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Preventing Breast Cancer

Friday December 13 2013    |     Views: 2643    |     Comments: 0   |     Print    Bookmark and Share

Breast cancer is the most common cancer that occurs in women, even though it can also occur in some men. According to statistics, 1 in 8 women will be diagnosed with breast cancer in their lifetime. A woman’s visit to the doctor after a self breast examination that revealed some unusual signs can be very terrifying. When a breast lump is discovered after a breast examination, the prayer of the concerned individual is that it better not be a benign growth. Several thoughts will fill the individual’s mind and worry is definitely the utmost thing going on in the mind of such individual.

“I’m sorry to tell you that you’ve got breast cancer.” “Your mammogram is suspicious for breast cancer.” “Your biopsy was positive for breast cancer.” These and many more are among the terrifying words a woman can hear from her doctor. To the average woman, such statement is as well similar to a death sentence. Breast cancer elicits so many fears including those relating to death, surgery, loss of body image, and loss of sexuality. But there is hope. With early detection, many more women can survive breast cancer.



The body is made up of trillions of living cells. Normal body cells grow, divide into new cells, and die in an orderly fashion. During the early years of a person's life, normal cells divide faster to allow the person to grow. After the person becomes an adult, most cells divide only to replace worn-out or dying cells or to repair injuries.

Cancer begins when cells in a part of the body start to grow out of control. There are many kinds of cancer, but they all start because of out-of-control growth of abnormal cells. Cancer cell growth is different from normal cell growth. Instead of dying, cancer cells continue to grow and form new, abnormal cells. Cancer cells can also invade other tissues, something that normal cells cannot do. Growing out of control and invading other tissues are what makes a cell a cancer cell.


Breast cancer is a malignant tumor that starts in the cells of the breast. A malignant tumor is a group of cancer cells that can grow into surrounding tissues or spread to distant areas of the body. The disease occurs almost entirely in women, but men can get it too.

Breast cancer begins in a cell, which divides and multiplies at an uncontrolled rate. A small clump of cancer cells are too tiny to be felt, so the earliest stages of breast cancer usually have no symptoms. A mammogram can detect cancer before you can feel a lump, which is why your annual screening mammogram is so important. Some benign breast conditions can seem like cancer, so its good to know the difference, and get a health professional to check out worrisome lumps.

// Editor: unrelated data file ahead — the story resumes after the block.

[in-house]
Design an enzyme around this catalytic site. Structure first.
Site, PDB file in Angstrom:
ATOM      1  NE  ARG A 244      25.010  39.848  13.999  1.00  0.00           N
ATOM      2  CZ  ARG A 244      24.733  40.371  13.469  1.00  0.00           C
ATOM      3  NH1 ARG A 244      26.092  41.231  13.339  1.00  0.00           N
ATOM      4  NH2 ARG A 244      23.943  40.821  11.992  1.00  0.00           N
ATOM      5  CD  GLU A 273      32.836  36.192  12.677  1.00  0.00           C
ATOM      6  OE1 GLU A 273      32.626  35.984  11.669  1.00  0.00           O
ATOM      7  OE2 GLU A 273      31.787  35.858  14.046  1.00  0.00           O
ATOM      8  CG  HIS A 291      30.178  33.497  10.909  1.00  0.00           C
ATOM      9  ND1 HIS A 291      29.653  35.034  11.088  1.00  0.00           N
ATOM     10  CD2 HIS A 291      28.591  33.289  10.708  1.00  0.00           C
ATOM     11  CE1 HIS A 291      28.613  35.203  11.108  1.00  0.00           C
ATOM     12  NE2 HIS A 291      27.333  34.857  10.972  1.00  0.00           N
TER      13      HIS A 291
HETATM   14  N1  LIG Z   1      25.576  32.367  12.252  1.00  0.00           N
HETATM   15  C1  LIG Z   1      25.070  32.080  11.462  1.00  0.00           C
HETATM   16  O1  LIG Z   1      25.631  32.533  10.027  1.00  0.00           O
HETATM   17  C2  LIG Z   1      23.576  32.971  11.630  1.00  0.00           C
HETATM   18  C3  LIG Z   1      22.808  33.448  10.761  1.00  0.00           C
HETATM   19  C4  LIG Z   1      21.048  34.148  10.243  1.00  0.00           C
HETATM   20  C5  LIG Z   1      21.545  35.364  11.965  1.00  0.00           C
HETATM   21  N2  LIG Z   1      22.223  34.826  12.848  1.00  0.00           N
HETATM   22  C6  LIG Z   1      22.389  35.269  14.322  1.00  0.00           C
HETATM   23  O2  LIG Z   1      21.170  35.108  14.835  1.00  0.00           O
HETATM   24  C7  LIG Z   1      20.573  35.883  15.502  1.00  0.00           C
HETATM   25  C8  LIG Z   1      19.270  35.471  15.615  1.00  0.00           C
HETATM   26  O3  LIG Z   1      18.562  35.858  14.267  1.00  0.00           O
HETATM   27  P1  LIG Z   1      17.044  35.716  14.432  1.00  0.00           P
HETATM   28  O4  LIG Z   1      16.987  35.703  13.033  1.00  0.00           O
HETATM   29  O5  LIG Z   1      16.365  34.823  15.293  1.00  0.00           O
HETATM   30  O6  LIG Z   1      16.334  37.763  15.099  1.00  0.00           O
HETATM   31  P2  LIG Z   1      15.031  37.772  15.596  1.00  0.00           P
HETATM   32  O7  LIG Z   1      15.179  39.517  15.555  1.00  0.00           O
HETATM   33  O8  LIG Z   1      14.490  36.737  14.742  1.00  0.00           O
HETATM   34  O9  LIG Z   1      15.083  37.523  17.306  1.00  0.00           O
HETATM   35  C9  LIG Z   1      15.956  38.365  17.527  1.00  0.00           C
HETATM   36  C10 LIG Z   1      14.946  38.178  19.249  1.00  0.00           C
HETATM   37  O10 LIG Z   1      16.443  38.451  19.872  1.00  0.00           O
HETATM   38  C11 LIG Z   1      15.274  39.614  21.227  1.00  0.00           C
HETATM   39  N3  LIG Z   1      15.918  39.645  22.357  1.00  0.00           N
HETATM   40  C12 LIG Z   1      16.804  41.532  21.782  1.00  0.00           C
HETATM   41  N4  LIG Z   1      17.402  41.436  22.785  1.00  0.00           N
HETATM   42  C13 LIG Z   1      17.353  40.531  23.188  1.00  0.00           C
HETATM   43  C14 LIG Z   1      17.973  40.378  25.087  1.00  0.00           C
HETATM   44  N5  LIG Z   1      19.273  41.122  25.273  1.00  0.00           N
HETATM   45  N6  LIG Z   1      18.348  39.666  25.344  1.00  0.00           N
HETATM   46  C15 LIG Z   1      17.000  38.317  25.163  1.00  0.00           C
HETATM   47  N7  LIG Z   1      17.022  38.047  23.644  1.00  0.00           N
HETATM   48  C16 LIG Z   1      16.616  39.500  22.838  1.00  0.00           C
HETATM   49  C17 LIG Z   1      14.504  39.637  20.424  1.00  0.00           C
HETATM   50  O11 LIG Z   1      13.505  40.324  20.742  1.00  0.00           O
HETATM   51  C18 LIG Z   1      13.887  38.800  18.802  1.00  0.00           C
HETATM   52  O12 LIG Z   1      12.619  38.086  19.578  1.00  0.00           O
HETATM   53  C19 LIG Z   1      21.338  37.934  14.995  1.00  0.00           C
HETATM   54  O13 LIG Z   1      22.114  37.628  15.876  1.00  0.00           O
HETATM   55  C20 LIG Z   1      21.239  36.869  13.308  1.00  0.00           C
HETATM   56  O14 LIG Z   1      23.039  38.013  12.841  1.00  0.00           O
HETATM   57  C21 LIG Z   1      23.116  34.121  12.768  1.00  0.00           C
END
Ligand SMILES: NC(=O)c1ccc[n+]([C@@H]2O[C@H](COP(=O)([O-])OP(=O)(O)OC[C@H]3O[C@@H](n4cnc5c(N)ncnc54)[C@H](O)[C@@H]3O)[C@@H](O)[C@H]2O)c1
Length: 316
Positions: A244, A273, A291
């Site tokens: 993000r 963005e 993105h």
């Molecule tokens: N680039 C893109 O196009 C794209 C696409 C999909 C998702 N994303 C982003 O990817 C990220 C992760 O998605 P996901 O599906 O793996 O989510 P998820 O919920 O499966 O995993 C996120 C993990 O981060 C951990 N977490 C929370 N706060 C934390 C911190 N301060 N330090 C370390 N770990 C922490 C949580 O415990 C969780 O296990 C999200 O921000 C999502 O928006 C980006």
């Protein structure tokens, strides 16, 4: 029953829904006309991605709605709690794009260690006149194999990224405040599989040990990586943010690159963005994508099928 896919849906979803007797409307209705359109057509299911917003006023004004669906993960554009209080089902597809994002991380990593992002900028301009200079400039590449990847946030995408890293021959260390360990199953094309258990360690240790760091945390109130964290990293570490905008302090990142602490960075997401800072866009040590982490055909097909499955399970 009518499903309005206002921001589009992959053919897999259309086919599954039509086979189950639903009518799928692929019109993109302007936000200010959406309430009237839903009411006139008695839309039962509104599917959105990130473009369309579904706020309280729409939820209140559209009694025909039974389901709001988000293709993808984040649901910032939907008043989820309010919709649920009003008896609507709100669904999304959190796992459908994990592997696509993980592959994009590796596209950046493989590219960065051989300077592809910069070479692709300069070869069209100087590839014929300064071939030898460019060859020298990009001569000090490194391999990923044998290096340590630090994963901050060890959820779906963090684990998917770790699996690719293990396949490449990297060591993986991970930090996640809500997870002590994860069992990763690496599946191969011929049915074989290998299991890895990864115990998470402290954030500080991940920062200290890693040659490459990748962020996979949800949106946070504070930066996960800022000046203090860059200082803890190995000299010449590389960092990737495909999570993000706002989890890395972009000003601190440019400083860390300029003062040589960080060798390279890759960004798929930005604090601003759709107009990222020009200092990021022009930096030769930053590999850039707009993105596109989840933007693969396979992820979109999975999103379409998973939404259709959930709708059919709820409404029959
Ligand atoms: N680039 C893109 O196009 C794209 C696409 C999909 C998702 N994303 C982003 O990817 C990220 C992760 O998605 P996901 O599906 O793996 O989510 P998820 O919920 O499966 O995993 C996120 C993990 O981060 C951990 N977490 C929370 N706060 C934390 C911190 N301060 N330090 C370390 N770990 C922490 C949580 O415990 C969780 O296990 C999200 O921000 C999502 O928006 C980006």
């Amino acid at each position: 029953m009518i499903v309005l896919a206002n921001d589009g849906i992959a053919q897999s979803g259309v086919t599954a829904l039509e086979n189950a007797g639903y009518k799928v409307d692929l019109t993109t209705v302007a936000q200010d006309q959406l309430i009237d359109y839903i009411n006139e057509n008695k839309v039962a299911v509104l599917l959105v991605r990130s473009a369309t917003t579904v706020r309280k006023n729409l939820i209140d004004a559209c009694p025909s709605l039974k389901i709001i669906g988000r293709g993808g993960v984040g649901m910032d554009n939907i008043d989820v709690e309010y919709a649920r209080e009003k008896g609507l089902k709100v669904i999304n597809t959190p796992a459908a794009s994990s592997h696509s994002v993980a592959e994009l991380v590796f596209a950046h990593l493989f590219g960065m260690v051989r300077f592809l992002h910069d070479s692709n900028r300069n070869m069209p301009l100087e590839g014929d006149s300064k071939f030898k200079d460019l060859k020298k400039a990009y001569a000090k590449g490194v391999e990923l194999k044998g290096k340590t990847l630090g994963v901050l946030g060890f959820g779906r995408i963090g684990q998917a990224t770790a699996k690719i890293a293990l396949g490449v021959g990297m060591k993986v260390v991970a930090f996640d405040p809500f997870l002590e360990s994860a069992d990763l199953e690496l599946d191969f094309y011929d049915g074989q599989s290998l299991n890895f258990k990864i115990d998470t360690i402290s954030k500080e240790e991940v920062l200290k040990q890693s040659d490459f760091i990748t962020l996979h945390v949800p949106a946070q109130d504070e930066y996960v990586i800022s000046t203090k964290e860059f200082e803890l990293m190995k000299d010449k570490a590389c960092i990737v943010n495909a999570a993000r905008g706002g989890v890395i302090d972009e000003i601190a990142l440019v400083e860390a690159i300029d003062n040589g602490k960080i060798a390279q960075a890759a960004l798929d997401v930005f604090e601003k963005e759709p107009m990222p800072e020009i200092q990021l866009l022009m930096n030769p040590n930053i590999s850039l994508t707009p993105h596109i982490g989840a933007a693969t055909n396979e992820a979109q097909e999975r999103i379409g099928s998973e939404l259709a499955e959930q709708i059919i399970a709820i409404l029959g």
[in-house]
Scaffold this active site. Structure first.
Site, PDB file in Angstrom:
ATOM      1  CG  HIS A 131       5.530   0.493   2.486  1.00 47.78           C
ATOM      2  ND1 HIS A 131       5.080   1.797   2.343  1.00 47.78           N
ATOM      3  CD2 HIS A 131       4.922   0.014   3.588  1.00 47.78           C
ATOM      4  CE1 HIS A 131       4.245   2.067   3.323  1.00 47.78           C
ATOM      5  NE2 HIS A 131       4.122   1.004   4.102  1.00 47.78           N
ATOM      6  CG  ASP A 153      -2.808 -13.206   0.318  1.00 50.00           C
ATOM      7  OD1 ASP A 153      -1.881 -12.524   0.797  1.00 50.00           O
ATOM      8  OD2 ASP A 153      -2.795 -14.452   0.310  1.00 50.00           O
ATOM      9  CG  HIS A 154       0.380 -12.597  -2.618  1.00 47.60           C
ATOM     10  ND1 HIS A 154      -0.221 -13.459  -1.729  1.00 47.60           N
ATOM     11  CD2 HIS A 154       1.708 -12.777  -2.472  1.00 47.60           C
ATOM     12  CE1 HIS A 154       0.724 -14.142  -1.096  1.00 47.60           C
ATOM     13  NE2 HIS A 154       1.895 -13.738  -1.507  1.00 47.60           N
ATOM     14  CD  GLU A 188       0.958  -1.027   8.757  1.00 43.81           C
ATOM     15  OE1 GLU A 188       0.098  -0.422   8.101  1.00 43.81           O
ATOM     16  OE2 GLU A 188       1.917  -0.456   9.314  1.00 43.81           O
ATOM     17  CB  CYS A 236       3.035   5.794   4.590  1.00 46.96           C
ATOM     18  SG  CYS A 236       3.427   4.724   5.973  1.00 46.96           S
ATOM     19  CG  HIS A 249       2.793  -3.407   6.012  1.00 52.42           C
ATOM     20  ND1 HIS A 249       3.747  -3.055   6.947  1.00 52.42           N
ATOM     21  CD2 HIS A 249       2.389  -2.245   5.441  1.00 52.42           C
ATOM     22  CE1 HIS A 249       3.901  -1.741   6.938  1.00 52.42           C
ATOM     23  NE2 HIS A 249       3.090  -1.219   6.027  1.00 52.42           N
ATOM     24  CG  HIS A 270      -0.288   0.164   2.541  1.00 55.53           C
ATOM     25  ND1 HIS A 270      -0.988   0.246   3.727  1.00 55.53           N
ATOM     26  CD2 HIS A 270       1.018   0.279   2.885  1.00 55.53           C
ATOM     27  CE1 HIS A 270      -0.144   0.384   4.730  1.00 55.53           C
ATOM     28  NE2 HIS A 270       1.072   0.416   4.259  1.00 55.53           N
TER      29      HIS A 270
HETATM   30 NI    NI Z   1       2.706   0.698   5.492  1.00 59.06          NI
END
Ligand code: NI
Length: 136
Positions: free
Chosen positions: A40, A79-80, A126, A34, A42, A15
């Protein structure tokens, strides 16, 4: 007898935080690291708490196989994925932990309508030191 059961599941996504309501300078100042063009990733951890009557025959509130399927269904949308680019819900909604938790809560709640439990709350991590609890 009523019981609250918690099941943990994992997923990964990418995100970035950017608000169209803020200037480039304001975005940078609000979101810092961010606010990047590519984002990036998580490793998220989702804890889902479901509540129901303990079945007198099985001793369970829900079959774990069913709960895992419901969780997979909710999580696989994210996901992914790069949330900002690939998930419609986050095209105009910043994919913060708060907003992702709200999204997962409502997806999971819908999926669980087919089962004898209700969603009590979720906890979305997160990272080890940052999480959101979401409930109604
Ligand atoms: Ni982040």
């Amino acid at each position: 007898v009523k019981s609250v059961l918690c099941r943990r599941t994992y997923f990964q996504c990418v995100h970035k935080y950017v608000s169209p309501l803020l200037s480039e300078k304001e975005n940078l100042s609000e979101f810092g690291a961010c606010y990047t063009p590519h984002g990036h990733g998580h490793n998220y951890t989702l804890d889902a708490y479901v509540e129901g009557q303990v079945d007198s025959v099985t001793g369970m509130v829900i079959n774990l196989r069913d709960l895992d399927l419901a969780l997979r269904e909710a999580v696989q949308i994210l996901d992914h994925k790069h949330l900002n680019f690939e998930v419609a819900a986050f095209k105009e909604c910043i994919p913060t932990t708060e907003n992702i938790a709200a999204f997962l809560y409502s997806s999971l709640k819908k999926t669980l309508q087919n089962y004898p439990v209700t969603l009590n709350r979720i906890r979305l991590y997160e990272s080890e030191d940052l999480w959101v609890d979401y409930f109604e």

The classic symptom for breast cancer is a lump found in the breast or armpit. An aggressive type of this disease, inflammatory breast cancer (IBC), grows in sheets or nests of tumor cells that invade the skin and can resemble a rash.  The first noticeable symptom of breast cancer is typically a lump that feels different from the rest of the breast tissue. More than 80 per cent of breast cancer cases are discovered when the woman feels a lump. The earliest breast cancers are detected by a mammogram. Lumps found in lymph nodes located in the armpits can also indicate breast cancer.


Indications of breast cancer other than a lump may include thickening different from the other breast tissue, one breast becoming larger or lower, a nipple changing position or shape or becoming inverted, skin puckering or dimpling, a rash on or around a nipple, discharge from nipple(s), constant pain in part of the breast or armpit, and swelling beneath the armpit or around the collarbone.


 Doing your monthly breast self-exam (BSE) is a great way to be familiar with your breasts’texture, cyclical changes, size, and skin condition. Early detection is the best way to protect your health and improve your odds of survival. Do not hesitate to see your doctor or nurse for a clinical breast exam (CBE) if you have a question about a change in your breasts.